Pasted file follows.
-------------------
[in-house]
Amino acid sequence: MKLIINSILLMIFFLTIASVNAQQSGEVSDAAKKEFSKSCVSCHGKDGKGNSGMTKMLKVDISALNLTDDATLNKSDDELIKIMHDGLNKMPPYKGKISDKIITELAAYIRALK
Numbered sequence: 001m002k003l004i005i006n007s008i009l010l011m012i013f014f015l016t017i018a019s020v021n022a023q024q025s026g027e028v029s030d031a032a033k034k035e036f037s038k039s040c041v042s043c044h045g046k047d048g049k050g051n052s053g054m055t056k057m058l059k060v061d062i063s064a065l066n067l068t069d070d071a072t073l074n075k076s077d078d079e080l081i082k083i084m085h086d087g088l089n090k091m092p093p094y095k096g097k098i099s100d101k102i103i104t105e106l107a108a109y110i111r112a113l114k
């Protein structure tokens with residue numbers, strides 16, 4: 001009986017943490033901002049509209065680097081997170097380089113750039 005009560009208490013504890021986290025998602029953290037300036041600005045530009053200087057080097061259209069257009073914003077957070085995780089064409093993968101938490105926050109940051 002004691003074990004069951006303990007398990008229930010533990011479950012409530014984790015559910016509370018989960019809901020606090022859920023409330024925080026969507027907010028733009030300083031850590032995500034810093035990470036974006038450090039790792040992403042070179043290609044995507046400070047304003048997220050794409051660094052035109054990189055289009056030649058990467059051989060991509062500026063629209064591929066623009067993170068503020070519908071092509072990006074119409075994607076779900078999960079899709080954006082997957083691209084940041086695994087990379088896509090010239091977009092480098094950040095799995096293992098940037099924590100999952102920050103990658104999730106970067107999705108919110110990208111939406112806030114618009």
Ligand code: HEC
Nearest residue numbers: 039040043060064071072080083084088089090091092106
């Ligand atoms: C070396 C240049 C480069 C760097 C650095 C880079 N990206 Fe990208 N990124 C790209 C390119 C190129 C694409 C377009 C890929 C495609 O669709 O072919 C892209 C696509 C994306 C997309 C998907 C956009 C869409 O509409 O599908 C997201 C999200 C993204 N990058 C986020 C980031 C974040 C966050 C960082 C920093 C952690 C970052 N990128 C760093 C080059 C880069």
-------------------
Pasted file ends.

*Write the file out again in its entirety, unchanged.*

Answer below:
[in-house]
Amino acid sequence: MKLIINSILLMIFFLTIASVNAQQSGEVSDAAKKEFSKSCVSCHGKDGKGNSGMTKMLKVDISALNLTDDATLNKSDDELIKIMHDGLNKMPPYKGKISDKIITELAAYIRALK
Numbered sequence: 001m002k003l004i005i006n007s008i009l010l011m012i013f014f015l016t017i018a019s020v021n022a023q024q025s026g027e028v029s030d031a032a033k034k035e036f037s038k039s040c041v042s043c044h045g046k047d048g049k050g051n052s053g054m055t056k057m058l059k060v061d062i063s064a065l066n067l068t069d070d071a072t073l074n075k076s077d078d079e080l081i082k083i084m085h086d087g088l089n090k091m092p093p094y095k096g097k098i099s100d101k102i103i104t105e106l107a108a109y110i111r112a113l114k
């Protein structure tokens with residue numbers, strides 16, 4: 001009986017943490033901002049509209065680097081997170097380089113750039 005009560009208490013504890021986290025998602029953290037300036041600005045530009053200087057080097061259209069257009073914003077957070085995780089064409093993968101938490105926050109940051 002004691003074990004069951006303990007398990008229930010533990011479950012409530014984790015559910016509370018989960019809901020606090022859920023409330024925080026969507027907010028733009030300083031850590032995500034810093035990470036974006038450090039790792040992403042070179043290609044995507046400070047304003048997220050794409051660094052035109054990189055289009056030649058990467059051989060991509062500026063629209064591929066623009067993170068503020070519908071092509072990006074119409075994607076779900078999960079899709080954006082997957083691209084940041086695994087990379088896509090010239091977009092480098094950040095799995096293992098940037099924590100999952102920050103990658104999730106970067107999705108919110110990208111939406112806030114618009």
Ligand code: HEC
Nearest residue numbers: 039040043060064071072080083084088089090091092106
């Ligand atoms: C070396 C240049 C480069 C760097 C650095 C880079 N990206 Fe990208 N990124 C790209 C390119 C190129 C694409 C377009 C890929 C495609 O669709 O072919 C892209 C696509 C994306 C997309 C998907 C956009 C869409 O509409 O599908 C997201 C999200 C993204 N990058 C986020 C980031 C974040 C966050 C960082 C920093 C952690 C970052 N990128 C760093 C080059 C880069």